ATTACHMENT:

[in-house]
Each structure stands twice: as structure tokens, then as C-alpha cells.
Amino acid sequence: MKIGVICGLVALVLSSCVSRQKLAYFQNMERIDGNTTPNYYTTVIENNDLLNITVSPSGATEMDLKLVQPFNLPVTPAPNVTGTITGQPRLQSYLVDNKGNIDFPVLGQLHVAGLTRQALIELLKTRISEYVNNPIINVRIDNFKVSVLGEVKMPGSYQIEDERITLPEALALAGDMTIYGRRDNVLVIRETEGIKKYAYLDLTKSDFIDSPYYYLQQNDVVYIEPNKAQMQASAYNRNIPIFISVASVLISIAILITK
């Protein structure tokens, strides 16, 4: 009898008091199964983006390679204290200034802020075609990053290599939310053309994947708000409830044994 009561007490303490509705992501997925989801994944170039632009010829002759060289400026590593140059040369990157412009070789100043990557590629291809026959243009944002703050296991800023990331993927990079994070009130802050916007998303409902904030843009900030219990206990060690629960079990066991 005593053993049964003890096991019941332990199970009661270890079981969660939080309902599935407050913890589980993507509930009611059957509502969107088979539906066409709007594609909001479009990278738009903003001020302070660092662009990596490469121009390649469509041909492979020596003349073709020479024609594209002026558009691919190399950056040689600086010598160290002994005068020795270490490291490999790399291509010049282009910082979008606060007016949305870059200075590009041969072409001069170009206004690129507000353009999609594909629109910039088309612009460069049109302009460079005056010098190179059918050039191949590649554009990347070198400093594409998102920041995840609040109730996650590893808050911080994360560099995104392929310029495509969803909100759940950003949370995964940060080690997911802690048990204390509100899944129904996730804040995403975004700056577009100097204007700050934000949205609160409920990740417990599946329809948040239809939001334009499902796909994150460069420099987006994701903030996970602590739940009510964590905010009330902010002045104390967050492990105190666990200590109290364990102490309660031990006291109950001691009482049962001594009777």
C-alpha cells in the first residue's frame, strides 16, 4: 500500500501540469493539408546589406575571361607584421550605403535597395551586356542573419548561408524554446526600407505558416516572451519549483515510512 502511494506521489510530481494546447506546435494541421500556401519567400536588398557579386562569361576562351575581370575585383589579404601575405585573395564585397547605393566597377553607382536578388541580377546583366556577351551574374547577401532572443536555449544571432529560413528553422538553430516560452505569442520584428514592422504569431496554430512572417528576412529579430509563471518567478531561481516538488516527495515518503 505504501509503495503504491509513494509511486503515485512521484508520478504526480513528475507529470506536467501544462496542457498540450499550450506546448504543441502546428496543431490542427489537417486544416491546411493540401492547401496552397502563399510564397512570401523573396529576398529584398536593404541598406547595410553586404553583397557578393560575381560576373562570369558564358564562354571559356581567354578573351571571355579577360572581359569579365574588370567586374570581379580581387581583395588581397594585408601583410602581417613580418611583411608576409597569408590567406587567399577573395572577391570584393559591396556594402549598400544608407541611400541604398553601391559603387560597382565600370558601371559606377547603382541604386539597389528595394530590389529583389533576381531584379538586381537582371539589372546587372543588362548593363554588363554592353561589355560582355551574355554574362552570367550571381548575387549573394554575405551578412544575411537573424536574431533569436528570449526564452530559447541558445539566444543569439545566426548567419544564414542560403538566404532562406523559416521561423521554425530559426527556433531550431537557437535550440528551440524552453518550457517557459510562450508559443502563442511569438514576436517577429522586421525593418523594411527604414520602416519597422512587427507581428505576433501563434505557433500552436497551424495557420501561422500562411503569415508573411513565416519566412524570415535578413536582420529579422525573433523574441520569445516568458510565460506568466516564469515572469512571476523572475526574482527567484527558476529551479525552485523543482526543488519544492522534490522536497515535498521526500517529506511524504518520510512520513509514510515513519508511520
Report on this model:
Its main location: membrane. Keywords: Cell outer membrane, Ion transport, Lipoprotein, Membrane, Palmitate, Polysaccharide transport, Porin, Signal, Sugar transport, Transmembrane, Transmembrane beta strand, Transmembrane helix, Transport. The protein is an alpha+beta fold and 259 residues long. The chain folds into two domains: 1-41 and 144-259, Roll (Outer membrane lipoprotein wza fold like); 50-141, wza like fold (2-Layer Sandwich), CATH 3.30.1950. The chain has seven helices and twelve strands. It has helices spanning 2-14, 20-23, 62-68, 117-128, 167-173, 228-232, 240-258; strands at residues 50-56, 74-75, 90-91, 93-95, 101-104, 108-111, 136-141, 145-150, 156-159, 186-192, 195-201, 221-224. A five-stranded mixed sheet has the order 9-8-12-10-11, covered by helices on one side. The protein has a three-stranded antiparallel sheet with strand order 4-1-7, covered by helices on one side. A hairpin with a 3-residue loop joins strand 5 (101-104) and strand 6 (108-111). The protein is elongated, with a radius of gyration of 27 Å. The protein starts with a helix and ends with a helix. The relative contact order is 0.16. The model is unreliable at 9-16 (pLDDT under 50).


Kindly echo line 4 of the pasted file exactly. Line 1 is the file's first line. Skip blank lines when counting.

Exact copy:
């Protein structure tokens, strides 16, 4: 009898008091199964983006390679204290200034802020075609990053290599939310053309994947708000409830044994 009561007490303490509705992501997925989801994944170039632009010829002759060289400026590593140059040369990157412009070789100043990557590629291809026959243009944002703050296991800023990331993927990079994070009130802050916007998303409902904030843009900030219990206990060690629960079990066991 005593053993049964003890096991019941332990199970009661270890079981969660939080309902599935407050913890589980993507509930009611059957509502969107088979539906066409709007594609909001479009990278738009903003001020302070660092662009990596490469121009390649469509041909492979020596003349073709020479024609594209002026558009691919190399950056040689600086010598160290002994005068020795270490490291490999790399291509010049282009910082979008606060007016949305870059200075590009041969072409001069170009206004690129507000353009999609594909629109910039088309612009460069049109302009460079005056010098190179059918050039191949590649554009990347070198400093594409998102920041995840609040109730996650590893808050911080994360560099995104392929310029495509969803909100759940950003949370995964940060080690997911802690048990204390509100899944129904996730804040995403975004700056577009100097204007700050934000949205609160409920990740417990599946329809948040239809939001334009499902796909994150460069420099987006994701903030996970602590739940009510964590905010009330902010002045104390967050492990105190666990200590109290364990102490309660031990006291109950001691009482049962001594009777």